When securing speakers for you next conference or meeting, here are two things that you can do that will have an immediate positive effect on your conference education:
- Tell your speakers that you want them to build their presentations backwards.
They should begin by identifying the learning outcomes. What is it that they want their attendees to learn and remember after attending their presentation? Then build their presentations around those objectives.
- Ask them to identify the top three things they want their attendees to remember when they leave the presentation.
Three to five things is the maximum needed for a sixty- or ninety-minute presentation. No more! If your speakers have more than that, the audience won’t recall them and the presentation becomes an information dump. If the presenter can’t tell you the top three things that they want their participants to recall, succinctly, don’t hire them! Seriously! Run!
Here’s the speaker litmus test. Ask you potential presenters this question, “What three things do you want your audience to remember when they leave your presentation?” If you get a rambling answer that doesn’t clearly articulate the top three things, you’ve got a bigger problem. Your potential presenter does not know how to effectively communicate. They will do the same thing during the presentation…ramble and take rabbit trails.
Content-Driven Vs. Learning Outcome-Driven Presentations
Many presenters, especially industry speakers, often create their presentations by identifying all the stuff that goes into their session. They start with the content. Their presentation often becomes a smorgasbord, all-you-can eat, all-the-research-that exists, information dump that overwhelms the listener. Unfortunately, starting that way is heading down the wrong path. It’s building a content-driven speech.
Let’s imagine that you are taking a business trip to Washington DC. You land at Ronald Regan Washington National Airport. You rent a car and need to get to your hotel. How would you go about getting there?
An Outcome-Driven Presentation
More than likely, you started with the hotel in mind. You may ask for a map or directions at the car rental counter and look up the hotel’s address. Or you may use the Internet on your smart phone and type in the hotel’s name and address in Google maps.
The common factor in each of these approaches is that you start with the hotel, the destination, your outcome. Then you work back from the hotel to the starting point–the airport. Tada, you’ve just created a learning outcome-driven solution.
A Content-Driven Presentation
In this situation, you start at Ronald Regan Washington National Airport. You decide to pick one of the streets leaving the airport and start driving. You may pick up a couple maps at the airport before you leave. And you click on some links about Washington DC on your mobile device too. You also stop at several convenience stores along the way and buy some more maps of DC. And Virginia while you’re at it. Oh, and you need a Maryland map too, just in case.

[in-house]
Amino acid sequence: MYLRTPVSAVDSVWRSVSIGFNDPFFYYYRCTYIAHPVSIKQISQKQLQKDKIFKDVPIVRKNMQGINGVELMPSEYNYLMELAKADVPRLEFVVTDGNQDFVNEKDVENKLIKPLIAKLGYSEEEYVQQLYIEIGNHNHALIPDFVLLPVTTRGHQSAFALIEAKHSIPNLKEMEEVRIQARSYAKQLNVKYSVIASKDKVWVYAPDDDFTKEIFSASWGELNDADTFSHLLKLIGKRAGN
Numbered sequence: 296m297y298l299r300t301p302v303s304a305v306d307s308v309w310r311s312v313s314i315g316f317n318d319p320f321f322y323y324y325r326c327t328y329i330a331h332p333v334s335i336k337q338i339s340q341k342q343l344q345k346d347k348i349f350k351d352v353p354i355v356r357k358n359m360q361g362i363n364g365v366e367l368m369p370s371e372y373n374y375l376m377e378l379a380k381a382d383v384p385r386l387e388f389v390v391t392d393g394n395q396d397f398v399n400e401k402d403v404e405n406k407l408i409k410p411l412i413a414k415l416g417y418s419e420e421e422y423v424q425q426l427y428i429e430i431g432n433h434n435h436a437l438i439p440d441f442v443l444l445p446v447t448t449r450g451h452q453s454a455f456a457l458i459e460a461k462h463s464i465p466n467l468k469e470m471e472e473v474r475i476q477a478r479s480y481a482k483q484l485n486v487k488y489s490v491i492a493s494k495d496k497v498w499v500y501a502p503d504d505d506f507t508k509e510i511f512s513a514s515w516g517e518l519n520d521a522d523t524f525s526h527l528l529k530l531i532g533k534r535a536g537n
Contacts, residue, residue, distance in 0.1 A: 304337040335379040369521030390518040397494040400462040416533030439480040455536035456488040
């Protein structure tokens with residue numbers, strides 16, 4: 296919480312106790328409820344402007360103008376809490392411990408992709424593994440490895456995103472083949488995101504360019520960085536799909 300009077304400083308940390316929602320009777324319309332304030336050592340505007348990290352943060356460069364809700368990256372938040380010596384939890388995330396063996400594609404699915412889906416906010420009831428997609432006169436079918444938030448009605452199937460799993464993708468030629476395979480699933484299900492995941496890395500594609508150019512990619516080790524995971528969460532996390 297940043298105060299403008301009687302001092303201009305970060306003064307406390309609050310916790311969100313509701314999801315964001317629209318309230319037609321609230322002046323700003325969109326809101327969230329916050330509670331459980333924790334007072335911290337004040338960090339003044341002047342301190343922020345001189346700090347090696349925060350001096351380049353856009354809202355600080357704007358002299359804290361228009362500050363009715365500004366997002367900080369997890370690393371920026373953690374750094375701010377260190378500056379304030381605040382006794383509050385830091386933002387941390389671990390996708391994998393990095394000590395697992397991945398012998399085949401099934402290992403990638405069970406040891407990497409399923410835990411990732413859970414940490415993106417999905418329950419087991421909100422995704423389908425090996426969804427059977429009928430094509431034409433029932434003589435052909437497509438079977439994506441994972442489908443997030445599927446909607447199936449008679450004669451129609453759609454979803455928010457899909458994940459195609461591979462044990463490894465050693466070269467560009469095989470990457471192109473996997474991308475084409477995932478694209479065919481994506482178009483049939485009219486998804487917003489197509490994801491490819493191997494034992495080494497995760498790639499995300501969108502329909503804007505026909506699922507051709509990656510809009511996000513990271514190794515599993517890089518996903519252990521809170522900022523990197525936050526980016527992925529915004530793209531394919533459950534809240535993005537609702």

While at the convenience store, you pick up pamphlets on sites to see and talk to the clerk about their favorite venues and best streets to take (most famous, most appealing, etc.). You want to add those streets and venues to your to do list. Who knows, you may come across those sights on your journey. As you’re driving down the street, you randomly turn on other streets. You hope that eventually you come across your hotel.
Sound crazy? It is! Very few people would use this process to get to their hotel on a trip. Most would take a shuttle or call a cab. But the process I described is exactly how many speakers plan their conference education sessions. It’s scattered, random and content-driven. The focus is on the speaker and the information to share. The presentation becomes a bottomless pit of information.
Encouraging Speakers To Begin With The End In Mind
If the DC hotel location is the outcome of the problem I proposed, then all the streets in DC are the content. How should your speakers narrow down their content and decide which street to take?
You decide which street to take based on those that will get you to the location. You use your objectives as the guide: get to the hotel. Streets that will get you there serve your purpose. Other streets are eliminated and avoided.
This is how you should encourage your speakers to prepare their presentations. Begin with the end in mind. Identify three things they want their attendees to remember. Build their presentation around those three points.
Starting with the end in mind may seem contrary to your goal yet it actually serves you. Having your speakers start with learning objectives first and then build content around those objectives will help them succeed.
What’s been your experience with speakers that use a content-driven approach? Why do you think a content-driven approach is ineffective? Why do speakers avoid learning objectives?
kare anderson says
to fully leverage the impact of the speakers’ beginning with the end in mind (learning outcomes) or what I dub Reverse Engineering, meeting planners could also
1. require us speakers to submit our learning outcomes to them+ 3 related tips they will offer.
2. Send an email to speakers listing all speakers’ outcomes + tips and
3. Require us to make reference to at least two tips from other speakers, woven into our presentation.
In so doing the attendees benefit from some continuing threads to the conference presentations.
Reinforcement builds memorability.
This is another way to storyboard the conference
outcomes other speaker’s out
Scott Briscoe says
Jeff, I love your blog because it challenges me to think and you challenge the status quo. You realize old, stodgy professional development kinda sucks and while you may not have all the answers, you point in directions that might help us get there.
And then there’s this post, which made me look at the calendar and wonder if it was April 1. This seems pretty status quo. A speaker, speaking to 3 to 5 specific learning outcomes. I’m not saying it’s not a useful method, it is and will continue to be. But it’s done (done badly a whole bunch as you point out, but done).
Your own analogy about the hotel is perfect. What if we got in the rental car in search of our hotel? Not a specific hotel, but our hotel? We look around and make judgments about where to turn. This street looks fun, lets go down there. Stop at a bar, have a drink and talk to some folks. Maybe it’s the right scene and feel and we want to stay close by. If not, drive on until you find the right place.